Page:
Of course, this is just my two cents. Sorry, so very sorry about that pun.

Monday, December 19, 2005

Gary's Staying With Us For A Long Time

Maryland's men's basketball coach has signed a new contract that could extend into 2013 if certain academic (it's not like MD and every other school wouldn't look past these issues if the team does really well) and performance measurements are reached.

My deodorant maker and dry cleaner will also be in business through 2013.

Cats With Lasers

For my company's secret santa gathering, I received a laser pointer. A few years ago it would have been "so cool" to own one and point it on movie screens for adolescent humor, but that time has passed. I don't make many presentations and even less where using a laser pointer is ever needed so the gift was a little office generic. Nevertheless, I'm thankful for any gifts I get, even if I have no intention to use them for their intended purposes.

You said this laser will get the tatooed stripes off, right?

Having recently once again become a fan of "America's Funniest Home Vidoes" (with an occasional "Planet's Funniest Animals" episode and its documented host clothing size issues), I've seen lots of cats go crazy when they see a laser or even a flashlight beaming on the wall. When I brought the pointer home and put it on the wall, opposite of the cat, he sprinted to the wall and jumped at it, all the while scratching the air and wall. Because of this, the laser pointer was a great gift, even when the giver had no idea I'd use it for my cat's enjoyment.

Friday, December 16, 2005

Dulles Toll Road Tolls, As If

According to this Washington Post article, if you drive through a Dulles Toll Road toll without paying, you won't get ticketed or even receive a warning. The bells and sirens that go off when a violation occurs is all the penalty you'll get. Apparently they're just for show:

When drivers blow through the toll lanes on the Dulles Toll Road without paying, a red security light immediately flashes and starts whirling in circles. A loud bell rings.

And that's it. Forever.

Despite the gaudy appearance of enforcement, it's all for show, state officials acknowledged. That little device that looks like it houses a camera? There's nothing in there. There is no equipment to catch toll cheaters. No pictures are taken. No ticket is issued. No note is sent home to Mom.

Watchout, the fake camera might take your picture.

First, why does this situation even exist? Did the VA DOT expect people to be honest and say, "I'm sorry, I didn't pay the toll, please accept my paid toll. Please do me the honor of letting me know what assorted fines I owe the state." Come on, none of us are THAT honest.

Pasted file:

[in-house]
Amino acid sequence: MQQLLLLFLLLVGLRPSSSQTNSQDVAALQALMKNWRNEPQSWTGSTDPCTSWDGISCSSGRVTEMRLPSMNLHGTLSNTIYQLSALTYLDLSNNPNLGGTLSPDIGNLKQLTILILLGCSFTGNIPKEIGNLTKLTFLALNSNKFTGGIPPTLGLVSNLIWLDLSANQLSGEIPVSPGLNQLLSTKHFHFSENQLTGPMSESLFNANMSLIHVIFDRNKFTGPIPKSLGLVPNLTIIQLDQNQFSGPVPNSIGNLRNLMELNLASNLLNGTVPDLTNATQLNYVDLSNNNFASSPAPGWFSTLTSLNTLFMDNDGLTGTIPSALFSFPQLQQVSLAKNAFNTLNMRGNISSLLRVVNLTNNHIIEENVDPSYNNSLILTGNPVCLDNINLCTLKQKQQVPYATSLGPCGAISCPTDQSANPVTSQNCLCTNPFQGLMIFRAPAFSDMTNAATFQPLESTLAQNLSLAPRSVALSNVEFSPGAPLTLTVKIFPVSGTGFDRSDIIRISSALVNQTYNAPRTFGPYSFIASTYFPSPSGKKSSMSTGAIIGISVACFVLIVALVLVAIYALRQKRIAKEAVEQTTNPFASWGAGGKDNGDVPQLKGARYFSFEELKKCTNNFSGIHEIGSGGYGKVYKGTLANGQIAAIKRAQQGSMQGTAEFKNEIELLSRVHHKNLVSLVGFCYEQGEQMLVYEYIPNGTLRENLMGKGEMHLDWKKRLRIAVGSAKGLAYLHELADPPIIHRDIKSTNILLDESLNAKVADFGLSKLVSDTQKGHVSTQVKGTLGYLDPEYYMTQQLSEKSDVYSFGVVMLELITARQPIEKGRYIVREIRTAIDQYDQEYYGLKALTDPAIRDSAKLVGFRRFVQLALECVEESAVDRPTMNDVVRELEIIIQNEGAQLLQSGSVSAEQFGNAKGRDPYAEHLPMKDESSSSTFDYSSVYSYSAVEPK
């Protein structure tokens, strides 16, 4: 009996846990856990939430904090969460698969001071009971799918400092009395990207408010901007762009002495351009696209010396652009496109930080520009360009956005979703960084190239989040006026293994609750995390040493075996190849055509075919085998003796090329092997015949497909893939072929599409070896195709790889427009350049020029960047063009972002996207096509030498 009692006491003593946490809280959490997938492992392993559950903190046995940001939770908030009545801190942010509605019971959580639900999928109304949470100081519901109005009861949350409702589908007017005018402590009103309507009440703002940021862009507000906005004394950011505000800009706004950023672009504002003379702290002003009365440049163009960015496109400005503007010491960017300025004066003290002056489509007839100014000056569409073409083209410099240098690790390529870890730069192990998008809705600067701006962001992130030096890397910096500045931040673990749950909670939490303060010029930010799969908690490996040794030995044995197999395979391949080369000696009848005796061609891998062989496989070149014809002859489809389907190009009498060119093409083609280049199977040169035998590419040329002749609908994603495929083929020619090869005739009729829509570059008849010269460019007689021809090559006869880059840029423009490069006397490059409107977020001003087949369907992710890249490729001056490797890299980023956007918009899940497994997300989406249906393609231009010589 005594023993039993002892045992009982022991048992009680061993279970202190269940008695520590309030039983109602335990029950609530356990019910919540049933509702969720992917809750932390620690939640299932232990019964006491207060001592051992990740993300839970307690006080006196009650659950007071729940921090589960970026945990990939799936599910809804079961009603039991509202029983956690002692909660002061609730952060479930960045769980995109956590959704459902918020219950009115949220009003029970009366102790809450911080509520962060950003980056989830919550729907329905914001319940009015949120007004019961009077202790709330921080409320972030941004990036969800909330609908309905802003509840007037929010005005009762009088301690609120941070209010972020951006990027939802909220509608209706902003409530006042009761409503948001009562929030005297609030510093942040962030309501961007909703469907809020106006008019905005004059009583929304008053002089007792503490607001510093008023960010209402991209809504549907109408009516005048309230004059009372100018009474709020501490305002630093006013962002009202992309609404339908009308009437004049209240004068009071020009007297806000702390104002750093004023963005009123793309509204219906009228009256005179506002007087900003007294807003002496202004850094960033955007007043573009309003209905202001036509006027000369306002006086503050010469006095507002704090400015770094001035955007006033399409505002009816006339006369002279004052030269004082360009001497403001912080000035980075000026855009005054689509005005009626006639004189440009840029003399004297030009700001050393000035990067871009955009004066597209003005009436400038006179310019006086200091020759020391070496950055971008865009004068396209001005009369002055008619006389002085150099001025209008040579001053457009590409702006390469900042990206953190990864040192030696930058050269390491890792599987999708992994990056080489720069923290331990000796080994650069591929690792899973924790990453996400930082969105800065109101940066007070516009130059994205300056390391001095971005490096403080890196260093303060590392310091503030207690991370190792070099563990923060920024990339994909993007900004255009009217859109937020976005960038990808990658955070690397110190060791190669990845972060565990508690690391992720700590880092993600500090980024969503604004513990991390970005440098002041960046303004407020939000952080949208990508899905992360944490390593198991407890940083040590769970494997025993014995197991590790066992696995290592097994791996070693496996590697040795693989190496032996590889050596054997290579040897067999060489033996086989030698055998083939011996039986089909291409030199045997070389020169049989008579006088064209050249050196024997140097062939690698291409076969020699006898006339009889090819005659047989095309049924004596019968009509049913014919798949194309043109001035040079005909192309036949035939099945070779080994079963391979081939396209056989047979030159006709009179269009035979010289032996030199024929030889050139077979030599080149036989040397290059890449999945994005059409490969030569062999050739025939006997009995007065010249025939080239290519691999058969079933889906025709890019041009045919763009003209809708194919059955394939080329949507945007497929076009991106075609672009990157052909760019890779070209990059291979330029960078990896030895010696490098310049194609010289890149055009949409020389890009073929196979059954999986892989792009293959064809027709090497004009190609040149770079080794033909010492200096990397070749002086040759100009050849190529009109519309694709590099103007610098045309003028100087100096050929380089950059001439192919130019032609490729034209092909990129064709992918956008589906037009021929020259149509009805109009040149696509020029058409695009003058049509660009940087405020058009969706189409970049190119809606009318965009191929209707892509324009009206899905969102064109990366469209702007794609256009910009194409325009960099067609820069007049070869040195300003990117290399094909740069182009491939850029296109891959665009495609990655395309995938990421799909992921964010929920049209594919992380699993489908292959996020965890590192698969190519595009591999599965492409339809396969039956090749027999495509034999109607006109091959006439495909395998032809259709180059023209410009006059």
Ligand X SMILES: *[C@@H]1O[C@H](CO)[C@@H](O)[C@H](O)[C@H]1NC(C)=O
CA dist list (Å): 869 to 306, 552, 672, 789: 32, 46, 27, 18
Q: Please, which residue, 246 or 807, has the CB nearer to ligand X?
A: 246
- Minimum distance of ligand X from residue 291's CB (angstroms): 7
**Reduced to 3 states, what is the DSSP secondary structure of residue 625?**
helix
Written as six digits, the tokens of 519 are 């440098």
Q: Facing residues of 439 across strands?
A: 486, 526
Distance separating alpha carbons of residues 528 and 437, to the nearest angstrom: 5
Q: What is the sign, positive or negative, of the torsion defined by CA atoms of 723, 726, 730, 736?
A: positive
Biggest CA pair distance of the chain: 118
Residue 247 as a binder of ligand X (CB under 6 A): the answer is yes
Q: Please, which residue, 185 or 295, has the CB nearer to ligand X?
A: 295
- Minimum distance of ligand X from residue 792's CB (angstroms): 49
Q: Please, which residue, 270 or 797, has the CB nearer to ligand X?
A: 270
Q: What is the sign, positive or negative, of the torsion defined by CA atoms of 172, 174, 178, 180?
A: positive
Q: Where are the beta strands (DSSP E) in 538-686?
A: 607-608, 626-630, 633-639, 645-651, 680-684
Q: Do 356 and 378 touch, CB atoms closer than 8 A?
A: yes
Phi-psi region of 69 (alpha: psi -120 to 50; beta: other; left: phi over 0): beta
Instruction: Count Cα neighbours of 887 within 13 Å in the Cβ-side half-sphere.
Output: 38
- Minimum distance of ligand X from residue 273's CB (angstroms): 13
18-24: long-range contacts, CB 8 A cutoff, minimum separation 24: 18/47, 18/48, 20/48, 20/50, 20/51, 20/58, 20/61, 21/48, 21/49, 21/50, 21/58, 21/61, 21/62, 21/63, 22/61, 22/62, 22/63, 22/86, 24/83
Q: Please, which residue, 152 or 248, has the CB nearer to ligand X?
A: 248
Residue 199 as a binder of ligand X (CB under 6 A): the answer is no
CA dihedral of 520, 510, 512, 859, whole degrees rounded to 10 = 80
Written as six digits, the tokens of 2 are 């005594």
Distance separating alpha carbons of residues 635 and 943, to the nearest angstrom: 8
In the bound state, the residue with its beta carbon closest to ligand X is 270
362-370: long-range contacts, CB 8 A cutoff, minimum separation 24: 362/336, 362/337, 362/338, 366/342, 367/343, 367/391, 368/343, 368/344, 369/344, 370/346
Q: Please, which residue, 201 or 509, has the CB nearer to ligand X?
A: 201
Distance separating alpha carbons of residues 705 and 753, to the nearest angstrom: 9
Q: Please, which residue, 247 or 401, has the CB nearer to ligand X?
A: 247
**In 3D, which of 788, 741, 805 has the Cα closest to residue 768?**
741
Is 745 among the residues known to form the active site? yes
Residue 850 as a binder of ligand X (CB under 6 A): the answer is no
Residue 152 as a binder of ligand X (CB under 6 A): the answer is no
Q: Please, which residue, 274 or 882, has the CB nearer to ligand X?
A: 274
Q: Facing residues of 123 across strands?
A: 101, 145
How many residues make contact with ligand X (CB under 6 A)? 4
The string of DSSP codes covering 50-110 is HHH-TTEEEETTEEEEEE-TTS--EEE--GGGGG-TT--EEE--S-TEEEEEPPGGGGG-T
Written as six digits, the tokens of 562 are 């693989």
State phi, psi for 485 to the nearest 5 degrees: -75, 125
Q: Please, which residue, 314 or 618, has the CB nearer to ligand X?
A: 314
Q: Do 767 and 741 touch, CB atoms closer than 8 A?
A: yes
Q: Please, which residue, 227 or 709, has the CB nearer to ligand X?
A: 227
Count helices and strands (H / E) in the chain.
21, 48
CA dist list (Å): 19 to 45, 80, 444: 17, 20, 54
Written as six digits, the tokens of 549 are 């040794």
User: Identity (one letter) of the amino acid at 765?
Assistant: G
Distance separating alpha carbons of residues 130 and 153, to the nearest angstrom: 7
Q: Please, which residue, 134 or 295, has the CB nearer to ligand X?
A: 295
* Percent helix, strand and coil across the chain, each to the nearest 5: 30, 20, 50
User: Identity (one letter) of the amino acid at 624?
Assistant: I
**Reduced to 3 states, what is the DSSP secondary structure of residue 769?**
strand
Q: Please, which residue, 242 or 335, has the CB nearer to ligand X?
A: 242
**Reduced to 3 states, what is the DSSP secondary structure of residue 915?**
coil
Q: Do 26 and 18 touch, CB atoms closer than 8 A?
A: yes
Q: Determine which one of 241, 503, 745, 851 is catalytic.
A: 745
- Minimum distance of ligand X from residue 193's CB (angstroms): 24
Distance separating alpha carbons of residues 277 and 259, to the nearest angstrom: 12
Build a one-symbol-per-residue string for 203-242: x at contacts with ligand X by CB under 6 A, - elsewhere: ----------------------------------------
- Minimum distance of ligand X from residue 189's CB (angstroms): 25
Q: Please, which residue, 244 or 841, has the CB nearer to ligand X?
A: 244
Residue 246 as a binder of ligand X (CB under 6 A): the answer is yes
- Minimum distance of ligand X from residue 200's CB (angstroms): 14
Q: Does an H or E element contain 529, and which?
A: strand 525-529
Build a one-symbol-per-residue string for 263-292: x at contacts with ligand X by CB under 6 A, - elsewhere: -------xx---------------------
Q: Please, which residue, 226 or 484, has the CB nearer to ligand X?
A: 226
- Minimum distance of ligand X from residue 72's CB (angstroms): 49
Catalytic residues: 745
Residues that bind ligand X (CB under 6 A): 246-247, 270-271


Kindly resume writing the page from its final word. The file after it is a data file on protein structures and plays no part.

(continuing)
Second, aren't there a few hundred other freeways in the country that have working toll violator capturing services? I know from experience that DC and Bethesda have some working traffic cameras that never miss a violating car. I've read that NJ's E-Z Pass has worked too well in catching violators, as the state was counting on the penalties to pay for the system's installation, only to have less people try to cheat because of how well violators were captured. Couldn't the VA DOT have spoken to other transportation departments and used one of their systems?

Third, I think it's great that the Washington Post has taken upon itself the role of letting the public know they don't have to pay tolls and may speed through them without any reparations. Way to use just a little discretion. What's next, an article letting us know we can take a packet of crackers from Giant's soup display without paying? Granted this article will embarrass the VA DOT and maybe fast-track the work, but I doubt it. Perhaps it's all part of a sinister plan to make more people think they can violate the tolls only to either now have working electronic enforcement and/or loads more cops waiting at the tolls. However, I wouldn't give the DOT that much credit to do something as sneaky as this.

Fourth, you may ask:

So why all the bells and lights when violators drive by? "To alert a nearby toll collector if they can catch the license plate to take down information or if law enforcement is nearby and there is somebody they need to pursue," said Deborah Brown, director of innovative (Ironic, no?) finance and revenue operations at VDOT.

Riiiiight, because I'm sure a toll collector has nothing better to do than stop collecting money and furiously write down someone's license plate. Plus, by the time anyone would turn to see the violating car, it'd be well on its way and out of plate-reading distance. I love red tape, especially now that I know I won't have to pay tolls.

Thursday, December 15, 2005

Rachel Ray and her EVOO

After visiting the mall last night, I saw an advertisement that Rachel Ray will be signing her new book at the Border's in White Flint mall. I thought it'd be cool to have my picture taken with her, but then I wondered what good it'd be to have the picture. It starts at 6, but the little amount of precipitation we're getting today might scare everyone from driving. She does make homestyle meals (in under 30 minutes) and overall I enjoy her cooking, but there are few things that divide our nation into liking or hating RR (I call her by her initials because we're close like that).

Deeeeeee-lish! But it needs some EVOO.

She likes abbreviating some phrases, most common of which is EVOO for Extra Virgin Olive Oil. She only saves 3 syllables by doing this so I don't think she should keep using the abbreviation. Of course, whenever I have to use some extra virgin olive oil, I have to make the joke and say EVOO so it at least it has some comedic value.